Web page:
There's a crisp fall edge to the heady pee-asma of the Tenderloin as huddled, roaming packs of theater scavengers move hourly among the tolerant local traffic — two unmistakable signs of the SF Fringe Festival. How like Halloween it all seems too, the greedy devouring of tricks and treats at the Fringe, that 12-day carnival of the theater world gleefully unimpeded by judges' panels, censors' boards, or the general plague of good taste.
The open-door policy of the Fringe makes for a thoroughly unhinged program of nearly 40 local, national, and international acts, all under an hour and all under 10 bucks. In this situation, word of mouth and capricious fortune serve as the principal guideposts for sporting patrons ricocheting from one show to the next among 10 different venues, including such nontraditional environs as Original Joe's restaurant-bar and the mobile fiesta known as the Mexican Bus.
Amid opening night's offerings Sept. 6 came the latest from Fringe superstars Banana Bag and Bodice. Something of a superstar satire itself, The Fall and Rise of the Rising Fallen explores, exclaims, and explodes the mass-cultural phenomenon ("mass retardo reactions") surrounding a legendary band, the Rising Fallen, six years defunct since playing just one glorious gig.
Part one of a longer piece, Rising Fallen unfolds as a pretentious and outlandish presentation by a grad student expert (Christopher W. White) writing his thesis on the "post-wave neo-nick nick scene." His quickly wayward lecture includes testimonials and reenactments featuring former lead guitarist Taylor Taylor (Dave Malloy), number one groupie Janey Jane (Rebecca Noon), and some other dude (a roving protean presence played by Joseph Estlack). Amid a couple of microphones and practice amps, an electric guitar, a handheld light source, a video monitor, and a suitably quirky musical score by Malloy come various ego-refracted takes on the myth and mystique surrounding the band's long-estranged lover-founders, Jacko and Grandma Mo. They are played remotely if indelibly via some recorded images and a pair of cell phones by BB and B's New York founders, Jason Craig (who cowrote the piece with Malloy) and Jessica Jelliffe.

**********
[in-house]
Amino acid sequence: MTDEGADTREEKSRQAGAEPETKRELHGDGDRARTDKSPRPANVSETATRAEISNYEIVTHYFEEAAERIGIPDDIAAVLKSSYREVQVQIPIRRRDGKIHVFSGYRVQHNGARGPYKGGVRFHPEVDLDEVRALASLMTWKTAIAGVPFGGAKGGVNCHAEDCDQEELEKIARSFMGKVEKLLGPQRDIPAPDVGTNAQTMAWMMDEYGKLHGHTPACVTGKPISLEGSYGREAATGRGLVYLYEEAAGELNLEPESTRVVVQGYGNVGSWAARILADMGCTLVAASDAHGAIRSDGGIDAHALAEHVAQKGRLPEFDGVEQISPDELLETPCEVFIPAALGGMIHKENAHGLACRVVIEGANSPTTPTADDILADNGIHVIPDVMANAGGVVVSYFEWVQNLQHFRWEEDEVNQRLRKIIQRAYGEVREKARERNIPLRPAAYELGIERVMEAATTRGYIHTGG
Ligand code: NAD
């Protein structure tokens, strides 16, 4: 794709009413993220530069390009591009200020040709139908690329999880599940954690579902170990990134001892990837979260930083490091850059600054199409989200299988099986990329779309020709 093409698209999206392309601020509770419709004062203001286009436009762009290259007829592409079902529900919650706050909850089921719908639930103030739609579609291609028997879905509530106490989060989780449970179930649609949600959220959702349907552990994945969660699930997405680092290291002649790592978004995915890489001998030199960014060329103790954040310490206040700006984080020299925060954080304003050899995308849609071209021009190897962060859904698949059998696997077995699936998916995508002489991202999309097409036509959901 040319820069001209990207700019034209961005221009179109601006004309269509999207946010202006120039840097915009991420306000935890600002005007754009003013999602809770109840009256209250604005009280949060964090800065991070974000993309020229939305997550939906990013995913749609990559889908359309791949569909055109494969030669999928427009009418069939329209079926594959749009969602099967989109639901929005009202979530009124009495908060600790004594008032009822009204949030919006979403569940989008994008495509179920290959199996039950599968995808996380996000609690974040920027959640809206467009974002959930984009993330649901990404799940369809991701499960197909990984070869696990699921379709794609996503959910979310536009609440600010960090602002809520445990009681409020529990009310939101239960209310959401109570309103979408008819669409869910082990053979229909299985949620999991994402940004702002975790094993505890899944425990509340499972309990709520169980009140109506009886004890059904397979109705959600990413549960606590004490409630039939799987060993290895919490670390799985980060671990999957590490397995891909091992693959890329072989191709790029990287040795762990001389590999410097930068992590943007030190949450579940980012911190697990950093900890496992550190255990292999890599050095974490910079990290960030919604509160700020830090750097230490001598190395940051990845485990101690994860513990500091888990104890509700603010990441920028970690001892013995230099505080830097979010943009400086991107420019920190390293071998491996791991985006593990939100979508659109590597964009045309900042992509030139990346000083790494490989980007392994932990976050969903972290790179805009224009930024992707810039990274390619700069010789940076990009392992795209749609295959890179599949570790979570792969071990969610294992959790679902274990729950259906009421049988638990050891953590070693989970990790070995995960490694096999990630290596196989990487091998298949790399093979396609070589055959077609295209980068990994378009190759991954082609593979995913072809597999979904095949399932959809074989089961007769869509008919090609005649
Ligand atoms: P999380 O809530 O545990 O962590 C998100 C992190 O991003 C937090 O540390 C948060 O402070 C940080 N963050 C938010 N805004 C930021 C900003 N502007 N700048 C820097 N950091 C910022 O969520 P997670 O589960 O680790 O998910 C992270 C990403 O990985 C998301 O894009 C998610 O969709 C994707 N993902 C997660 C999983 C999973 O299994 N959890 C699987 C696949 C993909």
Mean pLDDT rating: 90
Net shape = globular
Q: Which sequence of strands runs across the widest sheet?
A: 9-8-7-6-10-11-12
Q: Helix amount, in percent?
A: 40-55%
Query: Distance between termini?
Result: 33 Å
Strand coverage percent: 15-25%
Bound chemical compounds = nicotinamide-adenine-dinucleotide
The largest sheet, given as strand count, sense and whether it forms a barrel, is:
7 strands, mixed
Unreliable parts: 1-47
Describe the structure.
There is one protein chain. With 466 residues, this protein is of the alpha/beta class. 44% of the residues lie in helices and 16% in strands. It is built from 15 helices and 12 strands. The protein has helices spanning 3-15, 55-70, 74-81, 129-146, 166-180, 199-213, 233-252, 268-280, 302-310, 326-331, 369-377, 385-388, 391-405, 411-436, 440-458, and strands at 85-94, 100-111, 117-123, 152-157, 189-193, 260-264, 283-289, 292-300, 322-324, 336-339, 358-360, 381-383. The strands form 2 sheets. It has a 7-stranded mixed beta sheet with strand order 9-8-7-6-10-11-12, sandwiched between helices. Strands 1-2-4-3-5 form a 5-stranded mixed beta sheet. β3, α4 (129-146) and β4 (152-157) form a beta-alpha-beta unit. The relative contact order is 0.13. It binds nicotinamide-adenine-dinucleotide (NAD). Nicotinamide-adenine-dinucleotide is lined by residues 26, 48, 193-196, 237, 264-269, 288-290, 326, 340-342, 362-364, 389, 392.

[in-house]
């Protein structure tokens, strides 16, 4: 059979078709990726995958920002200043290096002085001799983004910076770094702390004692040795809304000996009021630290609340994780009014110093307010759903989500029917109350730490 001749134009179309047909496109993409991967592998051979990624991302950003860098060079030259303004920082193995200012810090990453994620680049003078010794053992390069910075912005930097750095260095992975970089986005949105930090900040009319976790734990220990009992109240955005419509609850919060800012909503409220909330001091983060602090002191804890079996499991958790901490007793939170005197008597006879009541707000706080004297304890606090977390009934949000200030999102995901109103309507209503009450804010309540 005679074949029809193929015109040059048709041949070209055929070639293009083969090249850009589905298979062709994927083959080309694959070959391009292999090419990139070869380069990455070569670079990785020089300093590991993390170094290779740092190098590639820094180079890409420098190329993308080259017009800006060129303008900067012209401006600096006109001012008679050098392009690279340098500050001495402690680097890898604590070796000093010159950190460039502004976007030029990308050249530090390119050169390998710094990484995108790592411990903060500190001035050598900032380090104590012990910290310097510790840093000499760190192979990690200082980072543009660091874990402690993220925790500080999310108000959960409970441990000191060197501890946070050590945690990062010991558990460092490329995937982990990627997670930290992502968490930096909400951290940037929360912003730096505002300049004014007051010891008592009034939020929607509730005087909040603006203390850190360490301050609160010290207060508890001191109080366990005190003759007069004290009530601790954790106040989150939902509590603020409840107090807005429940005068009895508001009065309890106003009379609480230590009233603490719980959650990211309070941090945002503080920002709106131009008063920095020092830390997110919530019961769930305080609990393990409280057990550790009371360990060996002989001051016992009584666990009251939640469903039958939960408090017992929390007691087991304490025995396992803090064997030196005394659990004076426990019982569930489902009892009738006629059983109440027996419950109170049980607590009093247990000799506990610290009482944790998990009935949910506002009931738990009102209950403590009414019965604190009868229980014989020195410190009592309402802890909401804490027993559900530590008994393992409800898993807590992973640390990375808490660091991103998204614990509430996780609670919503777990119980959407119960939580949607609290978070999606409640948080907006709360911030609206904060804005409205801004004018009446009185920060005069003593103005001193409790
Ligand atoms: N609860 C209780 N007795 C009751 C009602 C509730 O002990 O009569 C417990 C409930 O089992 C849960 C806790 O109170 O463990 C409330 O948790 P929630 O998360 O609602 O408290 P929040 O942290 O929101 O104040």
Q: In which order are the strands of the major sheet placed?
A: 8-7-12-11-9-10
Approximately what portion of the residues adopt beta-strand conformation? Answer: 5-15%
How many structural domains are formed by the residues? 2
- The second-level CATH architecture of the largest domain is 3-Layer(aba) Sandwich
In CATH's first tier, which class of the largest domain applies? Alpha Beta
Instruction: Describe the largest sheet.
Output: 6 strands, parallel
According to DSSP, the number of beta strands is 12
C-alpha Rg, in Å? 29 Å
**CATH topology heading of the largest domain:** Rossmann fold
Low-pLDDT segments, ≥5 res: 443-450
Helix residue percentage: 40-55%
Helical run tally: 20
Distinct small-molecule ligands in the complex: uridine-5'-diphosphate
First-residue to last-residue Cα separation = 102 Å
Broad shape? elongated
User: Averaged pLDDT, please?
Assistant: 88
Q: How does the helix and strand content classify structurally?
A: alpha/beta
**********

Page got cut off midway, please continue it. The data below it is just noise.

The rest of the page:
Word-struck, wryly antisoulful, but only fitfully inspired (especially by comparison with their previous shows), Rising Fallen never quite finds its legs. Ironically, Craig’s and Jelliffe's charismatic but elusive personae might have held the piece together more had the actors actually been live onstage.
The following night saw two premieres with strangely similar themes by SF companies. Get It? Got It. Good., an absurdist three-act play by SF playwright-director Dan Wilson (Vagina Dentata), begins as a desperate hunt by two losers (Catz Forsman and Sam Shaw) for an elusive "it" sought by their clients (a frustrated couple played by Kevin Karrick and Stefanie Goldstein) and ends with an inquiry into the nature of good and bad that devolves into a Luigi Pirandello–like unraveling of the play itself. Although the play tends to substitute volume and verbosity for more penetrating writing at points, Wilson and his capable eight-person cast reach several high notes (not least actor Hal Savage's Catholic sermon).
The ghost of Pirandello haunted the stage once more that evening. This time it was in the back room at Original Joe's on Taylor, where RIPE Theater unveiled its latest, @six, an amusing set of interconnected scenes written by the company that eventually turns its purported premise — a series of coincidental encounters between two antagonistic couples (Sarah McKereghan and John Andrew Stillions; Mark Rachel and Deborah Wade) and a silent bystander (Noah Kelly) — inside out.
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